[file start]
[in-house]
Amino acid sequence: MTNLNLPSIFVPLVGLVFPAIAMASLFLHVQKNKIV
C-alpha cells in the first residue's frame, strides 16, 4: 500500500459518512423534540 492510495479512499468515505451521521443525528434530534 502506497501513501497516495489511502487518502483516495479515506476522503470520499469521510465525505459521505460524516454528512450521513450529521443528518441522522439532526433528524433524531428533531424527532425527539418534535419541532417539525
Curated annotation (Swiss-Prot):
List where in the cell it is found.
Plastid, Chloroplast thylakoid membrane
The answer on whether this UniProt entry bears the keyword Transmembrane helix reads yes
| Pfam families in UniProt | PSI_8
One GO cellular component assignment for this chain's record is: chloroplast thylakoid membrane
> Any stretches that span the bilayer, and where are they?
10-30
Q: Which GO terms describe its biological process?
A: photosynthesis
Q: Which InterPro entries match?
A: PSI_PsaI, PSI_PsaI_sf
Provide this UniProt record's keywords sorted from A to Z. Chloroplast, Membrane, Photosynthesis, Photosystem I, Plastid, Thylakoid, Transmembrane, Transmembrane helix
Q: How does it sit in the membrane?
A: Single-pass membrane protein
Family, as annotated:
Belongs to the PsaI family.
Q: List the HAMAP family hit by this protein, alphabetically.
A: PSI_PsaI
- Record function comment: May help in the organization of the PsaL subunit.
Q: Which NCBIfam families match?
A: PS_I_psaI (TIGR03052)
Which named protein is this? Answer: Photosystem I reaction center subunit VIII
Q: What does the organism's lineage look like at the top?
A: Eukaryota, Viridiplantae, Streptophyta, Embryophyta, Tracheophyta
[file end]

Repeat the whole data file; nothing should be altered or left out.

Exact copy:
[in-house]
Amino acid sequence: MTNLNLPSIFVPLVGLVFPAIAMASLFLHVQKNKIV
C-alpha cells in the first residue's frame, strides 16, 4: 500500500459518512423534540 492510495479512499468515505451521521443525528434530534 502506497501513501497516495489511502487518502483516495479515506476522503470520499469521510465525505459521505460524516454528512450521513450529521443528518441522522439532526433528524433524531428533531424527532425527539418534535419541532417539525
Curated annotation (Swiss-Prot):
List where in the cell it is found.
Plastid, Chloroplast thylakoid membrane
The answer on whether this UniProt entry bears the keyword Transmembrane helix reads yes
| Pfam families in UniProt | PSI_8
One GO cellular component assignment for this chain's record is: chloroplast thylakoid membrane
> Any stretches that span the bilayer, and where are they?
10-30
Q: Which GO terms describe its biological process?
A: photosynthesis
Q: Which InterPro entries match?
A: PSI_PsaI, PSI_PsaI_sf
Provide this UniProt record's keywords sorted from A to Z. Chloroplast, Membrane, Photosynthesis, Photosystem I, Plastid, Thylakoid, Transmembrane, Transmembrane helix
Q: How does it sit in the membrane?
A: Single-pass membrane protein
Family, as annotated:
Belongs to the PsaI family.
Q: List the HAMAP family hit by this protein, alphabetically.
A: PSI_PsaI
- Record function comment: May help in the organization of the PsaL subunit.
Q: Which NCBIfam families match?
A: PS_I_psaI (TIGR03052)
Which named protein is this? Answer: Photosystem I reaction center subunit VIII
Q: What does the organism's lineage look like at the top?
A: Eukaryota, Viridiplantae, Streptophyta, Embryophyta, Tracheophyta